F1 Mercedes-Benz TV commercial - Alonso Hamilton
Sunday, July 29, 2007
Wednesday, July 25, 2007
- Wikipedia. A vast repository of great and useful articles, Wikipedia is the autodidact's dream. You could surf it for hours, days on end, or you could use one of many tools to make daily learning a breeze. One of the best is the Articles of the Day feature --sign up to get it in your email box. Another great option that I've tried is making Wikipedia's random page your home page.
- Online Courses. Today you can learn from the best colleges and universities, from the comfort of your own home. Just a few of the online offerings: Berkeley, MIT, Carnegie Mellon, Johns Hopkins, Notre Dame.
- Chapter a day. Don't have time for books? Read them the easy way: a chapter a day is emailed to you or added to your RSS reader by DailyLit.com, which has a growing selection of free books.
- Word a day. Improve your vocabulary by leaps and bounds through the FreeDictionary, which has some great features you can subscribe to,including these RSS feeds: Article of the Day, In the News, and This Day in History.
- Take quizzes. One of the most fun ways of learning is through games and quizzes. If you do a quick Google search, you can find quizzes on just about any topic, including math, grammar, the U.S. Constitution ... you name it. Also try flashcards for effective learning.
- Art a day. If you'd like to learn about art, one of the best tools is Your Daily Art. Subscribe to the feed, and every day you'll get a famous piece of art, along with some notes to help your contemplation.
- Podcasts. Not a fan of heavy reading? Get your knowledge through listening. You can listen to a course while driving, while relaxing in the bath, or while your boss thinks you're working. Just kidding about that last one. Here are just a few of the
available podcasts: UCLA podcasts, Berkeley on iTunes, Stanford on iTunes, Purdue University Podcasts, University
- Free ebooks. Of course, there are thousands of great books online, available for free. Read them during your spare time, print them out for bathroom reading ... it doesn't matter how you use them, they're free! Here are some sites to start you out:
Project Gutenberg, Wikibooks, Free Audio Books, Free Academic Textbooks.
- Learn languages. Tons of language courses are available online (BBC languages, FSI Language Courses to name a couple), and you can even learn them through iTunes: Chinese, Arabic, French, German, Italian, Greek and much more.
- Wikiversity. A growing number of courses are being offered through a great resource, Wikiversity. Also try BBC Learning.
Written for Dumb Little Man by Leo Babuata of Zen Habits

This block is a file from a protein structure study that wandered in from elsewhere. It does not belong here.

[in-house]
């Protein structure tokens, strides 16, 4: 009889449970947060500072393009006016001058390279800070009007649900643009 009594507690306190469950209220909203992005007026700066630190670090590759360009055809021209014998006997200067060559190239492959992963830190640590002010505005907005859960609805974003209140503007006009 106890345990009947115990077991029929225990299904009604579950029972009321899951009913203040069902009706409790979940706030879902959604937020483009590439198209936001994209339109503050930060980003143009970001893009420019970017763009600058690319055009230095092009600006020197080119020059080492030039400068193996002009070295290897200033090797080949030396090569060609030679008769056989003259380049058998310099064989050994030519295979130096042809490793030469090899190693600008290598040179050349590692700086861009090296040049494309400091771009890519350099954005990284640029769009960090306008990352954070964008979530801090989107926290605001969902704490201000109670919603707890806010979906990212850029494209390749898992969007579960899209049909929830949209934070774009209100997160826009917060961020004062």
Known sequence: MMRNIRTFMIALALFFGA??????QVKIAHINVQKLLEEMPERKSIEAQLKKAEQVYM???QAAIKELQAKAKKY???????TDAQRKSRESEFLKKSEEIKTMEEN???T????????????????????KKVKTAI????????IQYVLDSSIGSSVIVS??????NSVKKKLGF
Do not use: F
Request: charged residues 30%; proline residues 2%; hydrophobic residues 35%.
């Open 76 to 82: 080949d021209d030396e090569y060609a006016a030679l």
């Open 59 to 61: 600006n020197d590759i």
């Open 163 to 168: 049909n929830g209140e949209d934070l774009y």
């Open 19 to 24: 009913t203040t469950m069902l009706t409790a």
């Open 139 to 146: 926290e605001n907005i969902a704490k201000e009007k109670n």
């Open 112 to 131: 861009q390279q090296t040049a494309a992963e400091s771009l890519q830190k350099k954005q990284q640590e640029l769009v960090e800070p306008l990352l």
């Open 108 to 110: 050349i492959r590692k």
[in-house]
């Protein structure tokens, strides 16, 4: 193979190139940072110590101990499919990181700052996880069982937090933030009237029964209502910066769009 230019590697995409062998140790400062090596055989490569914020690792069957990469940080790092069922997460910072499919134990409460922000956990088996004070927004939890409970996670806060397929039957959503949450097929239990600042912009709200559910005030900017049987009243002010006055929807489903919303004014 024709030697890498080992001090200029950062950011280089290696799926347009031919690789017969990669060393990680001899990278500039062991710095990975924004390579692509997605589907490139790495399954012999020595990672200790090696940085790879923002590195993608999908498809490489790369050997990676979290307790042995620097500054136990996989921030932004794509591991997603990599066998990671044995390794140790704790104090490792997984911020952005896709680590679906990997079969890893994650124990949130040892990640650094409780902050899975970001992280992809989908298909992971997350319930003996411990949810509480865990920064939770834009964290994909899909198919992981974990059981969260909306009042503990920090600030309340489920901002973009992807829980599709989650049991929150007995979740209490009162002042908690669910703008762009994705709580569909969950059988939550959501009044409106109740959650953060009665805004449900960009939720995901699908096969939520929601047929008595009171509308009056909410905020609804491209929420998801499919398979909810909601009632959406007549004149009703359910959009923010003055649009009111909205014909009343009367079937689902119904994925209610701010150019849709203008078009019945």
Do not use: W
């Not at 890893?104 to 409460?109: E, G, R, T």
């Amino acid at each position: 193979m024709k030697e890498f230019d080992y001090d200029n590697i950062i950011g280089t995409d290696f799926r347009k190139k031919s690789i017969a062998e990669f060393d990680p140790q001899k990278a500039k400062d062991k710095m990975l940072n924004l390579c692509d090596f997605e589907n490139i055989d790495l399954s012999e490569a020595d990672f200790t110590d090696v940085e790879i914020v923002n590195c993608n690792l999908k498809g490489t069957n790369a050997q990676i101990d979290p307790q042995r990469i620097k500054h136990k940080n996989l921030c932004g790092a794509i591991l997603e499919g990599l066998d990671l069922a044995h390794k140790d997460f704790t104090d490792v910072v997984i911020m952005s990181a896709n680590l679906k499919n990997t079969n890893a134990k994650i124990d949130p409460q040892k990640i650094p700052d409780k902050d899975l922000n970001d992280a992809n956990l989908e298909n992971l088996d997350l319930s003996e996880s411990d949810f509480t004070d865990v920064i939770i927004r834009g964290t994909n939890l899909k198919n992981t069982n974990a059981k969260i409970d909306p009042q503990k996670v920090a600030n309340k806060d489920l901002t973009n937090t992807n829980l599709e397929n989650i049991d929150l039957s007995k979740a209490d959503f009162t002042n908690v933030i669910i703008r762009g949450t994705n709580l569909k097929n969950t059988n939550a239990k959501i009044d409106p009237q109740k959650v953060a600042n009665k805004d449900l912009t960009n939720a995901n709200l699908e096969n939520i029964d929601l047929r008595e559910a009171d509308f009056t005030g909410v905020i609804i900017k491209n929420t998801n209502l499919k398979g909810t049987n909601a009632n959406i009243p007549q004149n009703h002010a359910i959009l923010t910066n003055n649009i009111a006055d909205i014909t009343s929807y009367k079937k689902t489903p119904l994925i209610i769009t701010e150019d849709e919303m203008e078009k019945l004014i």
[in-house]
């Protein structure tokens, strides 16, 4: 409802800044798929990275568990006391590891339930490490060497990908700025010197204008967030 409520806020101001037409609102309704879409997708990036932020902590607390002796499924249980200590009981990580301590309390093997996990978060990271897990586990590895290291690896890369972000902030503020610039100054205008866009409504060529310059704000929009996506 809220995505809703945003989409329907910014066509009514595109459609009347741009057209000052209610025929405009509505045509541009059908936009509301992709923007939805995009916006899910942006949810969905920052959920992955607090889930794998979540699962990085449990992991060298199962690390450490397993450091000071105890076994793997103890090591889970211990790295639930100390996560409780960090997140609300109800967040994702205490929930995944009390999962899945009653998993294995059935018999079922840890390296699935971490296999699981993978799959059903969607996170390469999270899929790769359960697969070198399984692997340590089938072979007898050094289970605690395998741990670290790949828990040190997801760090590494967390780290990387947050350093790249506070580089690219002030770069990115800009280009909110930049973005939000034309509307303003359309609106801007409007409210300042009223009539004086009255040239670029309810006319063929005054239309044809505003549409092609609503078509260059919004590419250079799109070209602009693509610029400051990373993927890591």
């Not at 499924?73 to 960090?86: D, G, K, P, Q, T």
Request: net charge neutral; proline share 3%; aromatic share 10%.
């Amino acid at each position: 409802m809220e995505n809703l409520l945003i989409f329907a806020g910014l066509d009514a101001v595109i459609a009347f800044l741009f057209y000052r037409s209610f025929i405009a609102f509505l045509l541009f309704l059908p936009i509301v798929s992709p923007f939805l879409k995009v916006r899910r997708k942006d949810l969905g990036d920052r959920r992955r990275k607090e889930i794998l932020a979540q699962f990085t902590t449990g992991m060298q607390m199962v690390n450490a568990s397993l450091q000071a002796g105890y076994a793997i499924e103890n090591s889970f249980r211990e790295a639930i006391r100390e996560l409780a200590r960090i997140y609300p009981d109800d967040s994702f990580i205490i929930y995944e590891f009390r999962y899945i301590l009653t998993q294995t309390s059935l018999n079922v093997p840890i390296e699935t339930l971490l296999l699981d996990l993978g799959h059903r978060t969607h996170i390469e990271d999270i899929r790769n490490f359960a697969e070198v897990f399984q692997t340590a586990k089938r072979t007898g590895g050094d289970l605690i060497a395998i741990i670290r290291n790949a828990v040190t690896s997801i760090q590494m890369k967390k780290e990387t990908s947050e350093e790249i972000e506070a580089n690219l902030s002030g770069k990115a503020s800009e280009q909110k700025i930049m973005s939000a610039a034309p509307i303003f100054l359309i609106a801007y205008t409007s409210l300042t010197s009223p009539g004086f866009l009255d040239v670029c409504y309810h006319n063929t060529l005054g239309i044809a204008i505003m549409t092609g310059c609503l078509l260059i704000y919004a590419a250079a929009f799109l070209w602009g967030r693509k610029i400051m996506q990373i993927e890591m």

@： 6:38 PM
Tuesday, July 24, 2007
Sunday, July 22, 2007
@： 6:07 PM
Friday, July 13, 2007
There is a willow grows aslant a brook,
Ophelia, the love of Hamlet, daughter of Polonius. Drowned after Hamlet's "insanity". Here's the passage in Hamlet of her death:
That shows his hoar leaves in the glassy stream;
There with fantastic garlands did she come
Of crow-flowers, nettles, daisies, and long purples
That liberal shepherds give a grosser name,
But our cold maids do dead men's fingers call them:
There, on the pendent boughs her coronet weeds
Clambering to hang, an envious sliver broke;
When down her weedy trophies and herself
Fell in the weeping brook. Her clothes spread wide;
And, mermaid-like, awhile they bore her up:
Which time she chanted snatches of old tunes;
As one incapable of her own distress,
Or like a creature native and indued
Unto that element: but long it could not be
Till that her garments, heavy with their drink,
Pull'd the poor wretch from her melodious lay
To muddy death.
Chinese Translation: 中文翻译：
There is a willow grows aslant a brook,
@： 4:27 PM
Monday, July 9, 2007
Photographer: Carmine Groe
Project of photographs taken in Toronto alley ways in November-December 2006.
@： 6:40 PM
PHOTOJENIC is the photographic home of Jen, a "accidental photographer" as he claims ;) It includes some of the most beautiful shots of Ontario natural scenery.
@： 6:32 PM
YouTube contains hundreds of clips of classical music, here, I recommend the bests.
View: Classical Music on YouTube Part 1, Part 2
Miklós Perényi and András Schiff play Schubert's Arpeggione Sonata, D. 821.
Pablo Casals plays Bach - Suite no.1 for Cello, filmed in 1954 in the Abbaye Saint-Michel-de-Cuxa in France
@： 5:49 PM
The last book of the Harry Potter series is coming out soon, very soon. The high expectation is been piling up to a degree that it's blocking the view of the Hubble. So New York Times asked 4 writers and 1 artist to end the story.
The Boy Who Died by Damon Lindelof (co-creator and head writer of the television series “Lost.”)